Mysterious Book Report No 52

Over the next three or four weeks, who knows, maybe longer, we’ll review some of the novels, and the novelists, who’ve been awarded and Edgar.  The Edgars are given each spring by the Mystery Writers of America (MWA) for the best mysteries of the year in several categories, but our focus will be on two of them: The Best Book of the Year, and The Best First Novel.  Edgar is short for Edgar Allen Poe, widely recognized as the father of the mystery genre.  Winning one is like winning the Super Bowl, the World Series or an Oscar.  Yeah, it’s at least that hard, maybe more so because novels don’t get written in the time it takes to play one game, or several games for that matter.  They take much longer, years sometimes, to write.  Let’s just say that once an author has won an Edgar, her, or his career is assured, their books will always be in demand, and they will garner the respect of their fellow writers for all time.

The first of the Edgar-winning books we’ll review is titled, The Lock Artist (Minotaur Books, $14.99, 304 pages, ISBN 978-0-312-38042-7) by Steve Hamilton.  It’s the 2011 Edgar winner for the Best Novel of the Year, and marks the second one awarded Hamilton, who also won it for Best First Novel in 1999 with A Cold Day in Paradise, the first of his Alex McKnight series.  (We’ll meet Alex next week.)

As The Lock Artist begins, we’re introduced to it’s narrator and protagonist, whose name is Michael, and we learn, bit by bit, that he’s a person of some modest fame and notoriety; that he’s unable to speak because of a mysterious trauma that occurred when he was a boy of nine; he’s a talented artist who’s able to draw cartoon panels and has an uncanny ability to open any type of lock, including safes; that he’s a young man in his twenties, and incarcerated in the Michigan State Prison system.

We’re soon up to our eyeballs in the exquisite mystery within a mystery on top of a mystery.  Why he’s unable to speak?  Why is he in prison?  How did he learn to pick locks?  What happened to him? What did he do?  Why did he do it?  He doesn’t seem like a typical criminal, why is he involved with such vicious criminals?  Question after question forms in the readers mind as she turns each page, anticipating the next revelation . . . sometimes getting another question . . .turning the pages to get the answers one-by-one as Michael slowly tells his story, piece by tantalizing piece.  One of the best I’ve ever read.  Try it and you, like me, will be a fan of Steve Hamilton, and looking for more of Edgar’s Best of the Year.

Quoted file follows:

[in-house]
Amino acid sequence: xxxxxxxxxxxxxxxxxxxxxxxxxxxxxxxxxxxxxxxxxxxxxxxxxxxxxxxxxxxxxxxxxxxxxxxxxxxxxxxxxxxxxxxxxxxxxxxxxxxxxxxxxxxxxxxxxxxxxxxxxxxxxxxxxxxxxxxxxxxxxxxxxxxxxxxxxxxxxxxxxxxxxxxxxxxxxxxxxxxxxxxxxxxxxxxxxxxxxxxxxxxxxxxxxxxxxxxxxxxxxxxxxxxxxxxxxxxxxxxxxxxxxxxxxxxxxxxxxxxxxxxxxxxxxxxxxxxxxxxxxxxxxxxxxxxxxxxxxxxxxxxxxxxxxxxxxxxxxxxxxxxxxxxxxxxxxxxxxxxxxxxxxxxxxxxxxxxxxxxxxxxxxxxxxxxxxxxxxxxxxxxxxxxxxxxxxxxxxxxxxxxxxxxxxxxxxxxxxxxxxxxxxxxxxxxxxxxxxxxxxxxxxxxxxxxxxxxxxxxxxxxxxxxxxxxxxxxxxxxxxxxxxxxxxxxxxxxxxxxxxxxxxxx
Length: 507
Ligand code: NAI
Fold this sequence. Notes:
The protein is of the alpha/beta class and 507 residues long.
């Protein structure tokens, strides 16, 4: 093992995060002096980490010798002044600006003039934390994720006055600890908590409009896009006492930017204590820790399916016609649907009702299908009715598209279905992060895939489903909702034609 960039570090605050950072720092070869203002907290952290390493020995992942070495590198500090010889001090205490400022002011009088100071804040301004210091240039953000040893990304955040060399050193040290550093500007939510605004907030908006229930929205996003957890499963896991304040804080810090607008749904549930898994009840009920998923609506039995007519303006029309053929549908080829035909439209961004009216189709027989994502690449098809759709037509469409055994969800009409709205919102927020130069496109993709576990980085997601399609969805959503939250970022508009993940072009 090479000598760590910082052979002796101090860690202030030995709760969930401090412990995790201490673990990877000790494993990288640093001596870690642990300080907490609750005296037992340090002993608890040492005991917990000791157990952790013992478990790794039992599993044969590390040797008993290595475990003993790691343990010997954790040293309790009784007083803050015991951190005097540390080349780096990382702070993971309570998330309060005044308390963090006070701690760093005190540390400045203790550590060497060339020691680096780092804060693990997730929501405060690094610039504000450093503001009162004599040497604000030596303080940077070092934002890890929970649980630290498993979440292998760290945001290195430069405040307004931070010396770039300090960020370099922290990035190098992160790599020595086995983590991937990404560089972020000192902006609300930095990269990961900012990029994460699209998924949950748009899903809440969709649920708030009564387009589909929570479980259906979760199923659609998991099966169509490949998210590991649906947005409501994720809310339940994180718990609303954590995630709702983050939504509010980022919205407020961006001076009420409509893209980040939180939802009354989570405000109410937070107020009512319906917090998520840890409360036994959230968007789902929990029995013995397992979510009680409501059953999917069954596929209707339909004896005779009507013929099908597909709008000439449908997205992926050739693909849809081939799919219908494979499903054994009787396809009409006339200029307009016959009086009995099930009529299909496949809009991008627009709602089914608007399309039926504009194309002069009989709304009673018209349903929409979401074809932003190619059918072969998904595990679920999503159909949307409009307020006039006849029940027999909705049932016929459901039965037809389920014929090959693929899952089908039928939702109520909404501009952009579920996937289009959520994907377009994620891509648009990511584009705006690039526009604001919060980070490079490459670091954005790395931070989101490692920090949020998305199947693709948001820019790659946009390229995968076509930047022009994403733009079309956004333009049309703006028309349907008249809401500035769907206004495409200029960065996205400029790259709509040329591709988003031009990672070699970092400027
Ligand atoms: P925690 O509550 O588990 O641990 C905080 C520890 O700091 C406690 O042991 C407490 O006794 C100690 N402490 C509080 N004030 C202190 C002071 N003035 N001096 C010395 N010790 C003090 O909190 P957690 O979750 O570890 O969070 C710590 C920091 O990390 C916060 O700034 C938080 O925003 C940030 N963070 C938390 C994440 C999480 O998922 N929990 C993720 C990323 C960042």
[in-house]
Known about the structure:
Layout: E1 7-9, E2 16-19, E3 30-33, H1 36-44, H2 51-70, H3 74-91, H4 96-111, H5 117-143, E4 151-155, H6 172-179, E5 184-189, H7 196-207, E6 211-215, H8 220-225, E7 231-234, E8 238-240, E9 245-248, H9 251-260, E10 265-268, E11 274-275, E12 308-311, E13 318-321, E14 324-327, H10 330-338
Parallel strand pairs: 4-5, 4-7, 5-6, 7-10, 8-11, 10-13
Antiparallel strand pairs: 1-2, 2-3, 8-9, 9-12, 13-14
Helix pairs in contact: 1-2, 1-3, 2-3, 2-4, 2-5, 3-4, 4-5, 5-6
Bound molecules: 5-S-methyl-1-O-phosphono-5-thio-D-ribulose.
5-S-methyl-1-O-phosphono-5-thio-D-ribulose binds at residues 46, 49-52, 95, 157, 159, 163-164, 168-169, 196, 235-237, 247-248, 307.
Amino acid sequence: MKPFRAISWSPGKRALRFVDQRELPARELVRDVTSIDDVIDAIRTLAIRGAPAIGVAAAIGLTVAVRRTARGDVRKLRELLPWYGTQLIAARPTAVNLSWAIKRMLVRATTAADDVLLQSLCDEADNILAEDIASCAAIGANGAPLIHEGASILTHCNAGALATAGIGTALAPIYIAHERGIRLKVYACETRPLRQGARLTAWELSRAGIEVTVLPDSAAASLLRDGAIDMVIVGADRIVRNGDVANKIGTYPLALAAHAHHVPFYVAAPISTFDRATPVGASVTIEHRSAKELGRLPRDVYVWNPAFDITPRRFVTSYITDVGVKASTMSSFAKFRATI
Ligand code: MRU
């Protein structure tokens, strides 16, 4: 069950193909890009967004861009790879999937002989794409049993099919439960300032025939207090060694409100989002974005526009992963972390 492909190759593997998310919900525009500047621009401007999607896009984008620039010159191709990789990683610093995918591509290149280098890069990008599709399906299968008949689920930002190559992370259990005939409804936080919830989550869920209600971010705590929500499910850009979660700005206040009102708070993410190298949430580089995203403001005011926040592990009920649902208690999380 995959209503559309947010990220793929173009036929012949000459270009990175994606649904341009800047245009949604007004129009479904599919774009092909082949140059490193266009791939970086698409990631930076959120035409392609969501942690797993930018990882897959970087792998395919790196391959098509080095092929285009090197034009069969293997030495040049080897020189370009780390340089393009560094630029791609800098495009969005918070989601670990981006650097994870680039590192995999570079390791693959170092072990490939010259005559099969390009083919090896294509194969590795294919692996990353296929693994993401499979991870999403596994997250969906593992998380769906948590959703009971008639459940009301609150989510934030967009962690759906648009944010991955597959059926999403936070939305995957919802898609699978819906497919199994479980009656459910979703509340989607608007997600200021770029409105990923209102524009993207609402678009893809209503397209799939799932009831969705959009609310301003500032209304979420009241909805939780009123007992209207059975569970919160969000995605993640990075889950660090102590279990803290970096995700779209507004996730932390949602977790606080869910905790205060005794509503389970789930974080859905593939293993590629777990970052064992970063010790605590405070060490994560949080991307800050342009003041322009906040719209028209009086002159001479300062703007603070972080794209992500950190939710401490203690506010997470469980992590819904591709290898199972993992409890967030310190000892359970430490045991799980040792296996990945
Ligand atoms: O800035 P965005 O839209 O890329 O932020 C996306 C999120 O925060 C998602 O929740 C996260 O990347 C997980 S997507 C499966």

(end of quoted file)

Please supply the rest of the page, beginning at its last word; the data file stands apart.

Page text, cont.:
You can learn all about the Edgar’s and find a complete listing of them at: . . . and you’ll find all of them for you to read at your local library.  They’ll get it for you through the Inter-library lending system if they don’t stock it.  And hey, it’s free, just like all their services.

Has the dog eaten your paper?  Maybe you forgot to stop and get one . . . oh hell, maybe the cat burglar stole it and wrapped some pilfered fish in it for a fast getaway.  If you’ve missed a Mysterious Book Report for any reason, don’t worry or yell at your spouse, the kids or the dog and cat; they’re all on my website:

starting with number one, and continuing through the most current.  It’s where you’ll find blogs, reviews, reading suggestions, letters from readers about The Neversink Chronicles links to related websites and all the latest news about what’s in the works from Rhyolite Press and our exciting plans, it’s where you’ll meet our newest award-winning author named Bert Entwistle and his forth coming work The Drift which is an environmental thriller, historic mystery and treasure hunt all rolled up in one, then there’s my new one titled The Whim-Wham Man, a coming of age murder mystery.  And yes, even with all the new whistles and bells we’ve got, you can still comment, question or criticize by clicking the CONTACT button and leaving your remarks.  We’d love to hear from you.  You’ll hear from us next week, with a brand new MBR, just for you.